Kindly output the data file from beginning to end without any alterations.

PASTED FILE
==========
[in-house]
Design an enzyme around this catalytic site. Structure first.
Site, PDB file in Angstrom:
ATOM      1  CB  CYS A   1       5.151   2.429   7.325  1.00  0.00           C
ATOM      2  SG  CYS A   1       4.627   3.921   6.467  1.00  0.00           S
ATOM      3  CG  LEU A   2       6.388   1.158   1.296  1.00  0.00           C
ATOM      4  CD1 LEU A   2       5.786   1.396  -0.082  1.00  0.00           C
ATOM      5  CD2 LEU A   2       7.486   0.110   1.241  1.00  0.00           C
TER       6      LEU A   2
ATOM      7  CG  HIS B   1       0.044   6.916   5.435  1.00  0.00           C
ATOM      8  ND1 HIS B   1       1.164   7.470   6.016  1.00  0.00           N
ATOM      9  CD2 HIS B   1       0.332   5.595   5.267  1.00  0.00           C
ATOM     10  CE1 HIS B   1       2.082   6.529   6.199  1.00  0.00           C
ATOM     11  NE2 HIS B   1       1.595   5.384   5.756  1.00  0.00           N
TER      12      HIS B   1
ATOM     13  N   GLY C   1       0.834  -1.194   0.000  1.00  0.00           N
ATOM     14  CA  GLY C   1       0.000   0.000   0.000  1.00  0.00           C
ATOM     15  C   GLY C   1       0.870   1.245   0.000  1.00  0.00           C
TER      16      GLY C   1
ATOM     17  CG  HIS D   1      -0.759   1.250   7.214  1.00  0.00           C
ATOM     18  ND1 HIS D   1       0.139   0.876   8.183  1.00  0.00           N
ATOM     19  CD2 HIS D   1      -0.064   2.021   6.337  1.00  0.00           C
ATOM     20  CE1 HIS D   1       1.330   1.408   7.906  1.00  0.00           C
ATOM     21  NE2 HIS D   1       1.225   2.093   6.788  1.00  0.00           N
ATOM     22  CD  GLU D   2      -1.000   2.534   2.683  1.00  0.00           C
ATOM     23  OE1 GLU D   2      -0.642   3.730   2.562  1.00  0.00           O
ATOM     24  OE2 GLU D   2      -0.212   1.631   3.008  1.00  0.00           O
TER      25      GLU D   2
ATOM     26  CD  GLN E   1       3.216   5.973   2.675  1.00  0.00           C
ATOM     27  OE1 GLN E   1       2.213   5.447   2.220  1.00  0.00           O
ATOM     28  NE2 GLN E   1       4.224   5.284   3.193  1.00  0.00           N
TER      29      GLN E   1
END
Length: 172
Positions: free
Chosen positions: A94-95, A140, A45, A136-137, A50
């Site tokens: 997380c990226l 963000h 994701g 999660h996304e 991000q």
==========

[in-house]
Design an enzyme around this catalytic site. Structure first.
Site, PDB file in Angstrom:
ATOM      1  CB  CYS A   1       5.151   2.429   7.325  1.00  0.00           C
ATOM      2  SG  CYS A   1       4.627   3.921   6.467  1.00  0.00           S
ATOM      3  CG  LEU A   2       6.388   1.158   1.296  1.00  0.00           C
ATOM      4  CD1 LEU A   2       5.786   1.396  -0.082  1.00  0.00           C
ATOM      5  CD2 LEU A   2       7.486   0.110   1.241  1.00  0.00           C
TER       6      LEU A   2
ATOM      7  CG  HIS B   1       0.044   6.916   5.435  1.00  0.00           C
ATOM      8  ND1 HIS B   1       1.164   7.470   6.016  1.00  0.00           N
ATOM      9  CD2 HIS B   1       0.332   5.595   5.267  1.00  0.00           C
ATOM     10  CE1 HIS B   1       2.082   6.529   6.199  1.00  0.00           C
ATOM     11  NE2 HIS B   1       1.595   5.384   5.756  1.00  0.00           N
TER      12      HIS B   1
ATOM     13  N   GLY C   1       0.834  -1.194   0.000  1.00  0.00           N
ATOM     14  CA  GLY C   1       0.000   0.000   0.000  1.00  0.00           C
ATOM     15  C   GLY C   1       0.870   1.245   0.000  1.00  0.00           C
TER      16      GLY C   1
ATOM     17  CG  HIS D   1      -0.759   1.250   7.214  1.00  0.00           C
ATOM     18  ND1 HIS D   1       0.139   0.876   8.183  1.00  0.00           N
ATOM     19  CD2 HIS D   1      -0.064   2.021   6.337  1.00  0.00           C
ATOM     20  CE1 HIS D   1       1.330   1.408   7.906  1.00  0.00           C
ATOM     21  NE2 HIS D   1       1.225   2.093   6.788  1.00  0.00           N
ATOM     22  CD  GLU D   2      -1.000   2.534   2.683  1.00  0.00           C
ATOM     23  OE1 GLU D   2      -0.642   3.730   2.562  1.00  0.00           O
ATOM     24  OE2 GLU D   2      -0.212   1.631   3.008  1.00  0.00           O
TER      25      GLU D   2
ATOM     26  CD  GLN E   1       3.216   5.973   2.675  1.00  0.00           C
ATOM     27  OE1 GLN E   1       2.213   5.447   2.220  1.00  0.00           O
ATOM     28  NE2 GLN E   1       4.224   5.284   3.193  1.00  0.00           N
TER      29      GLN E   1
END
Length: 172
Positions: free
Chosen positions: A94-95, A140, A45, A136-137, A50
């Site tokens: 997380c990226l 963000h 994701g 999660h996304e 991000q």